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About The Formantion Of The Republican Party In The 1820's.

1185 words - 5 pages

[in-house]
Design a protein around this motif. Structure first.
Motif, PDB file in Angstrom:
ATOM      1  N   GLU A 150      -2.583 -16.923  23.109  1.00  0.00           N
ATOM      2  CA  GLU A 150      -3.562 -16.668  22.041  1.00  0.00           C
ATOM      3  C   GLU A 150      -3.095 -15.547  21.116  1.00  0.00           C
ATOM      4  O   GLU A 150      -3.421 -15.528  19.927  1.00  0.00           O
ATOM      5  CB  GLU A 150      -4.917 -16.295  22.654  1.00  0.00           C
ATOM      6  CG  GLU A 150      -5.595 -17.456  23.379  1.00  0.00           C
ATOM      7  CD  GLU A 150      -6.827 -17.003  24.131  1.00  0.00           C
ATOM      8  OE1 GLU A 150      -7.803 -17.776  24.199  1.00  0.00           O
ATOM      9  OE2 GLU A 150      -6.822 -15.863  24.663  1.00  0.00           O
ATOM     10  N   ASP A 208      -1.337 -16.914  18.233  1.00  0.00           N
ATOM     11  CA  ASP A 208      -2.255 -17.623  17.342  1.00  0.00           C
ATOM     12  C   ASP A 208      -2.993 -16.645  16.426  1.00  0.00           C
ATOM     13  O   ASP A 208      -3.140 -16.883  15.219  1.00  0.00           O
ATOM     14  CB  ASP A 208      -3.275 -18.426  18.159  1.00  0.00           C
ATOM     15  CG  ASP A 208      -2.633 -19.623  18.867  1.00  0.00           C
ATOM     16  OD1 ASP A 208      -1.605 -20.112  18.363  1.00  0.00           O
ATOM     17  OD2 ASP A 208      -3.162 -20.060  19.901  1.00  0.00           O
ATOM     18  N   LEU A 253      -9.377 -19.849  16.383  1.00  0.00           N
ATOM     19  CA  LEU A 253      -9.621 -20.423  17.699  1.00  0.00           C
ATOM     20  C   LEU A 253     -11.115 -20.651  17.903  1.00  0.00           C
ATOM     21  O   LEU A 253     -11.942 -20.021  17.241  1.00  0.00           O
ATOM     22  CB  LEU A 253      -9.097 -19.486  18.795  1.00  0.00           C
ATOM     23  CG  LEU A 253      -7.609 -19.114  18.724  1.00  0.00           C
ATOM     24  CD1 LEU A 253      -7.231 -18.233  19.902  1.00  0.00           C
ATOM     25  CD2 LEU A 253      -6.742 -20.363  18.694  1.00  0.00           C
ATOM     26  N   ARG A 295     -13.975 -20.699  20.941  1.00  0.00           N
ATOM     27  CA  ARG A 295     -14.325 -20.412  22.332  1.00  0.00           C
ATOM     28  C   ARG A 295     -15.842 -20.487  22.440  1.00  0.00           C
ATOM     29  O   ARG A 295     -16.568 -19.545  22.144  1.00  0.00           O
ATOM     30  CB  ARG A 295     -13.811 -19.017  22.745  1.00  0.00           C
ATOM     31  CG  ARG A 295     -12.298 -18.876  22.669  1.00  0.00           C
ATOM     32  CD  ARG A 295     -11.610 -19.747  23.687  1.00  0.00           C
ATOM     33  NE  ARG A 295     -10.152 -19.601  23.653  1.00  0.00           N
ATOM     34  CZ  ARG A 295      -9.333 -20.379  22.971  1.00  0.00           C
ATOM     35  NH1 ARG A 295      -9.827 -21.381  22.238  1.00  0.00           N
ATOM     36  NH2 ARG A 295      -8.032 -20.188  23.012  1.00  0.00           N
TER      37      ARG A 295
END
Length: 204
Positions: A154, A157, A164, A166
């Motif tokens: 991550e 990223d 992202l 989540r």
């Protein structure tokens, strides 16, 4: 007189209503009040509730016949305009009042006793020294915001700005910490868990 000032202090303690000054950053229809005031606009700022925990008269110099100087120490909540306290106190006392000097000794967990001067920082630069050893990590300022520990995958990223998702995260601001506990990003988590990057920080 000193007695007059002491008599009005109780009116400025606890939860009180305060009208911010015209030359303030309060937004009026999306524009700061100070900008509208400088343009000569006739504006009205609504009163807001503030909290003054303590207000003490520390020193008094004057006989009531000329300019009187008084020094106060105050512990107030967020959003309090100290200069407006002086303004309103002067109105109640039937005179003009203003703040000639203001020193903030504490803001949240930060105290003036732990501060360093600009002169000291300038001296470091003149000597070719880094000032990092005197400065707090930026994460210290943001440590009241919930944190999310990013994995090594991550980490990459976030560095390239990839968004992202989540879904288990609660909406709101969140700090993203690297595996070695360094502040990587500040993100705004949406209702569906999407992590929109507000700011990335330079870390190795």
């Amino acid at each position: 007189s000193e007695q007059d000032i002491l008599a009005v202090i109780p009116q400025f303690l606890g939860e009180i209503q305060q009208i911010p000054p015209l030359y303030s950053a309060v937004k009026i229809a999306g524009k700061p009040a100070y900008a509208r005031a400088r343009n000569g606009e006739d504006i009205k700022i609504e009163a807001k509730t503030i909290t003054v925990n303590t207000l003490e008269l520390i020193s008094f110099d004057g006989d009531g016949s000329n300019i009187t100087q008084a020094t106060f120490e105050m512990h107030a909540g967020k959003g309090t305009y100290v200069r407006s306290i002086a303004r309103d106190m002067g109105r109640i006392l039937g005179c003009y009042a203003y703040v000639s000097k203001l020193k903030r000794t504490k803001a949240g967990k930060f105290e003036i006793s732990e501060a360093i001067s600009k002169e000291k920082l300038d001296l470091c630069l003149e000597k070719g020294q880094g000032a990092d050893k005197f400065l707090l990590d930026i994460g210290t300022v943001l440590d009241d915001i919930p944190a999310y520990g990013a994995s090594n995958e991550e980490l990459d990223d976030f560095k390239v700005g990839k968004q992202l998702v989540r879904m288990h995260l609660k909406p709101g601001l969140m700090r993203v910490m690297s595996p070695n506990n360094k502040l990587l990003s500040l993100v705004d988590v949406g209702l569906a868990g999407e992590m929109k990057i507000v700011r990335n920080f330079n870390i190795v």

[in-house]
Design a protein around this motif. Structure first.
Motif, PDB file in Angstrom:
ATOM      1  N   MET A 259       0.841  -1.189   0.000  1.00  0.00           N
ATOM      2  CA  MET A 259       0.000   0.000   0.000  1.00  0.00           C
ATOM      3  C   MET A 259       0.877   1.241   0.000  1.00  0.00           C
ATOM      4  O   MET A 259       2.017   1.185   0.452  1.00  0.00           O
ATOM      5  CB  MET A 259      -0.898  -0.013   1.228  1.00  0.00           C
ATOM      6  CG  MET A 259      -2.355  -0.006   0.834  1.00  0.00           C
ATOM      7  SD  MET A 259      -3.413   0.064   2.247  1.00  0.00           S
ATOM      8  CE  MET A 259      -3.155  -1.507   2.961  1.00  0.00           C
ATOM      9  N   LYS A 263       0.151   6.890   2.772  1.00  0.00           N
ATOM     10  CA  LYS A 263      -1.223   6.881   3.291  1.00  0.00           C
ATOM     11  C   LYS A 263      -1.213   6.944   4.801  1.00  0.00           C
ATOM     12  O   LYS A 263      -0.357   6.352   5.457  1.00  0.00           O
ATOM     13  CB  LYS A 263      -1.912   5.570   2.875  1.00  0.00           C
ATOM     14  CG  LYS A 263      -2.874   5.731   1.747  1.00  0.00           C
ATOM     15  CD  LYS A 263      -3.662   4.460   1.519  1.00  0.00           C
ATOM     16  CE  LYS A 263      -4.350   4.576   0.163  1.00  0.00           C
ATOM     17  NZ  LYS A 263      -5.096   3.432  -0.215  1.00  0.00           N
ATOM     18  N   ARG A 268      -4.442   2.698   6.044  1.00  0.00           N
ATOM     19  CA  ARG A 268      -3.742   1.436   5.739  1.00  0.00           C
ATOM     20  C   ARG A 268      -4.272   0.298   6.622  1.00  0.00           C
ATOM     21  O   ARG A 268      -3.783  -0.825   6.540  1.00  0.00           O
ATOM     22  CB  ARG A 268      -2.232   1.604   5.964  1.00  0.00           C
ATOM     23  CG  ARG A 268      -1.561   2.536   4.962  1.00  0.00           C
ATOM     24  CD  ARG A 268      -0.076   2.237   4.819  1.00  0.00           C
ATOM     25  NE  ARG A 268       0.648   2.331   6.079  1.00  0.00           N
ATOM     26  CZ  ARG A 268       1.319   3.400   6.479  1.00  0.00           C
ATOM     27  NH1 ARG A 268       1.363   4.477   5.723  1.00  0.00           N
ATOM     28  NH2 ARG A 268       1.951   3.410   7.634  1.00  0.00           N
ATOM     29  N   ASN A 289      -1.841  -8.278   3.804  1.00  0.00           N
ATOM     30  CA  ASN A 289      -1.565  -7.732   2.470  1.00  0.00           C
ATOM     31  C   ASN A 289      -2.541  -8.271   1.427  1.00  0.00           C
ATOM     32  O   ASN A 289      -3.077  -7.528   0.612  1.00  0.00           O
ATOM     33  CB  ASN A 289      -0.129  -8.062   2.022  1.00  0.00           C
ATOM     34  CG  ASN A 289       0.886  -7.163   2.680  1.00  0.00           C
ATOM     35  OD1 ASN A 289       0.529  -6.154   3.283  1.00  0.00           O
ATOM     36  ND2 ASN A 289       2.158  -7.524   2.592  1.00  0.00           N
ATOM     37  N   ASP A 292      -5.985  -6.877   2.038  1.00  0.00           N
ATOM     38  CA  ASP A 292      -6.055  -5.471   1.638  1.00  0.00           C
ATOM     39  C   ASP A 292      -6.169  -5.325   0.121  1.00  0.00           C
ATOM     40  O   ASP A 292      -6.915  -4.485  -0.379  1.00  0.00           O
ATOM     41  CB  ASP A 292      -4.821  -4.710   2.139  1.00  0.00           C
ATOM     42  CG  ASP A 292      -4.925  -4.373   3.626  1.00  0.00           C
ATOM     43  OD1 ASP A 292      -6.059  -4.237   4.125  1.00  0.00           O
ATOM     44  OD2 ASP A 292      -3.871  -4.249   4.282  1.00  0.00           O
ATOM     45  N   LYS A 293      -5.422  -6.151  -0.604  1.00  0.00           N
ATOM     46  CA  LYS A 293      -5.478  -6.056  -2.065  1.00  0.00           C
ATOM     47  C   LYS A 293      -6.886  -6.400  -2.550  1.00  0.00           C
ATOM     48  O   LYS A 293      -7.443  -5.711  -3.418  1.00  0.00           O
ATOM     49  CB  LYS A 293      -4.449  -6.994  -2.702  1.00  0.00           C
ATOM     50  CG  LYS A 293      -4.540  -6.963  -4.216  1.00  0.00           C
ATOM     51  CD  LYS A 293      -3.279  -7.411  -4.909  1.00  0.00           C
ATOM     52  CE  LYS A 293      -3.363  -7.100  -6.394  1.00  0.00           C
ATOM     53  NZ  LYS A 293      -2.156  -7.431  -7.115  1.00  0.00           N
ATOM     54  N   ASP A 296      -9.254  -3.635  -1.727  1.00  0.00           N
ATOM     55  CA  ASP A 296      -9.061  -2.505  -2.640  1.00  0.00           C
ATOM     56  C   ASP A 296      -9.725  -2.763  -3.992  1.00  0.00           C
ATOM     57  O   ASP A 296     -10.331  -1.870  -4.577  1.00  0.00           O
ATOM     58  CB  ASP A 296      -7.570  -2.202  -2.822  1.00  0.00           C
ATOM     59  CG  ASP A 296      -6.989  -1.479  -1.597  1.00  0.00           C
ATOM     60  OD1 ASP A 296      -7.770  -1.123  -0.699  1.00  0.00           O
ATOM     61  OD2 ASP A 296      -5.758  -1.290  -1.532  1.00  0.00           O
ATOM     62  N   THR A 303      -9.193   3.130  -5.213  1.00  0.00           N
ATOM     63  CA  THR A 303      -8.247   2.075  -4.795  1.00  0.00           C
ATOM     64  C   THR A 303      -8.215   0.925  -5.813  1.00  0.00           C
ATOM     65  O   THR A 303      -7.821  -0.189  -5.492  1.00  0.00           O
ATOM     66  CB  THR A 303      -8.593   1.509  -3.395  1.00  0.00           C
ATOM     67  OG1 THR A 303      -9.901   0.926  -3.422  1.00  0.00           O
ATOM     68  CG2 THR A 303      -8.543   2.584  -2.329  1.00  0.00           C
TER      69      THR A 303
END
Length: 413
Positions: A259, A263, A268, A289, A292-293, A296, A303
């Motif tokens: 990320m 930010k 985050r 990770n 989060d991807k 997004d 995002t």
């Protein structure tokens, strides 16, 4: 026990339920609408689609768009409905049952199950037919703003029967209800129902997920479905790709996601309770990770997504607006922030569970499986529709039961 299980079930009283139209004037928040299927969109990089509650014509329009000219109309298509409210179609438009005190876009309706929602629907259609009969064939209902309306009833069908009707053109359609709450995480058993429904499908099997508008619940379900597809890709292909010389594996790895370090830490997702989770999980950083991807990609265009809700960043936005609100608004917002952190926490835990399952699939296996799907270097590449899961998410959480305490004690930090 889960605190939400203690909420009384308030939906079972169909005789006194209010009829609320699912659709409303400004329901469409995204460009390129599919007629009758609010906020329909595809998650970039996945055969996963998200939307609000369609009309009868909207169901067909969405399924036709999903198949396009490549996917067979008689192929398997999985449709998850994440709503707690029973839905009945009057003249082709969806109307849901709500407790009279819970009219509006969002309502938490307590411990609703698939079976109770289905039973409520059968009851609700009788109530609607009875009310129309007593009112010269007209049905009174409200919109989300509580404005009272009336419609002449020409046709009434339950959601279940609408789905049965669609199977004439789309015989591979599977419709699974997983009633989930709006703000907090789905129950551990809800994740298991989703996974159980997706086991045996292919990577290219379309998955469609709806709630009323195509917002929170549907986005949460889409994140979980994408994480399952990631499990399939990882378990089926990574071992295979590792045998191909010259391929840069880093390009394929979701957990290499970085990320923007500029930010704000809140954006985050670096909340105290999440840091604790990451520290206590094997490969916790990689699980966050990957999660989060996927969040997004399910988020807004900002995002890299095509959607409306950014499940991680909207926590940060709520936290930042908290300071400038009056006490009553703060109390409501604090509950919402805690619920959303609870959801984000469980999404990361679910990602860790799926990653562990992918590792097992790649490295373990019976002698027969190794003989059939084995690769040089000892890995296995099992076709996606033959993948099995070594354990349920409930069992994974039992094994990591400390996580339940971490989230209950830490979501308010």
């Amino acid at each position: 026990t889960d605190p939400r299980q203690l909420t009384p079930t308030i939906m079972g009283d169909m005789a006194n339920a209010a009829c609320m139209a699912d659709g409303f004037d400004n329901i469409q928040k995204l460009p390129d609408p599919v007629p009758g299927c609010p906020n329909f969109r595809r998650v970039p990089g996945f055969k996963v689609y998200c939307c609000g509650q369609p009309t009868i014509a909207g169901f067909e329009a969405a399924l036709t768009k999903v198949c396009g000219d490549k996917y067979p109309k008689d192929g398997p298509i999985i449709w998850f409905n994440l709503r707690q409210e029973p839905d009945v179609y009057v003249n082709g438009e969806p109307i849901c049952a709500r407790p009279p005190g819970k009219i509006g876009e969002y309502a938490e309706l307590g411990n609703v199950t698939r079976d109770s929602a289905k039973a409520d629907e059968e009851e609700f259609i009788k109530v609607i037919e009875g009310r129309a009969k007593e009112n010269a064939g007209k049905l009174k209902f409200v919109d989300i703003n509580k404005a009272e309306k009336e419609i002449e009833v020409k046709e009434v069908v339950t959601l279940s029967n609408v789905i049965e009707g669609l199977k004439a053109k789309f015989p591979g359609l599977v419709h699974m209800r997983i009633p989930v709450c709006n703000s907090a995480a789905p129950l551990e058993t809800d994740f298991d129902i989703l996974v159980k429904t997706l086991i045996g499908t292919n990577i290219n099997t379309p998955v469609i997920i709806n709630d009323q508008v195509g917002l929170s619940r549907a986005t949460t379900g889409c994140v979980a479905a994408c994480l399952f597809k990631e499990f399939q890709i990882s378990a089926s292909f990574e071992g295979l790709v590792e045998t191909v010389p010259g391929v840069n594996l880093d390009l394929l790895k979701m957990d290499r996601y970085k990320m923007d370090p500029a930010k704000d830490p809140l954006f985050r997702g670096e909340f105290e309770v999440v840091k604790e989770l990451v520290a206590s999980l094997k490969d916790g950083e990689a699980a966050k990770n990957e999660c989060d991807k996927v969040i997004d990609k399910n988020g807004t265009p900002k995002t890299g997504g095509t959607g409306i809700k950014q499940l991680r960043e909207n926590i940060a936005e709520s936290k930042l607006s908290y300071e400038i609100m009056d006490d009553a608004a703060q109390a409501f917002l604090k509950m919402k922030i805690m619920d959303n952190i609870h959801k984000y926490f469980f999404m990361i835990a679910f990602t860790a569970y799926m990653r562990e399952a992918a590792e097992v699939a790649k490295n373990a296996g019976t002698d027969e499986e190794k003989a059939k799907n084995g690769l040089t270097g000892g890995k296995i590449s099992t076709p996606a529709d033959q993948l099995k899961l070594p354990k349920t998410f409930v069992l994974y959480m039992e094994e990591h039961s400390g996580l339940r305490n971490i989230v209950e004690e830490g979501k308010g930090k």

For those whose license plate proudly displays the emblem of Abraham Lincoln's face they are constantly reminded of the state's infamous son, it's difficult to think of Abraham Lincoln and his Republican Party as anything but mainstream. But in 1854, when the party was founded, it was nothing like the well-funded powerhouse the American society is familiar with today. At that time, the apprentice movement was in a battle with other political groups to become, one of the two supreme political parties in America. The George W. Bush for President bumper stickers currently displayed on automobiles across the country provide plenty of evidence that the early Republicans were successful. Assistant professor of history at Eastern Illinois University, Mark Voss-Hubbard, goes as far as saying that, "the Republican Party is the only truly successful third-party movement in American history". (Illinois Issues) The Republicans, as successful as they may be, did not achieve this on their own. It was in fact the downfall of various political parties that lead to a mainly four party political system and in turn boosted the Republican Party to the height it is at today.If one desires to understand why various parties decline, one must also consider the relationship between the reforms and the decline. One must first be under the assumption that the definition of parties is: they are in existence for the purpose of influencing government by controlling nominations and resources and contesting elections. A party will have declined if the following has occurred. First there is a loss in control over nominations. Without the ability to put forth candidates for the voters to rely on to represent political principals, the election of any officer at any level becomes a pointless experience. (Kayden 29) Next, there is a loss in the party's control of resources. Campaign resources are a major way a party influences the general public. Lack of finical finds also decreases the incentive for party participation, if there is a material gain followers could expect to follow an election victory. (Kayden 30) Third, there is a reduced ability to contest elections. If elections are not organized as a contest between the parties, their function obviously disappears. (Kayden 30) Fourth, there is a reduced ability to influence government. If the parties are thought to have no program for action they provide little incentive for anyone to join them, both as a leader and a follower. (Kayden 31) Finally, there is a rise in the unpredictability of voting behavior. If allegiances to the parties decline among voters, elections will become discreet experiences, and alienation from the political system may increase. (Kayden 31)These are the five major reasons a party will eventually decline, once one understand these principles, he is ready to move on to what parties declination lead to the Republicans leading in the current system.For decades two parties, the Whigs and the Democrats, had...

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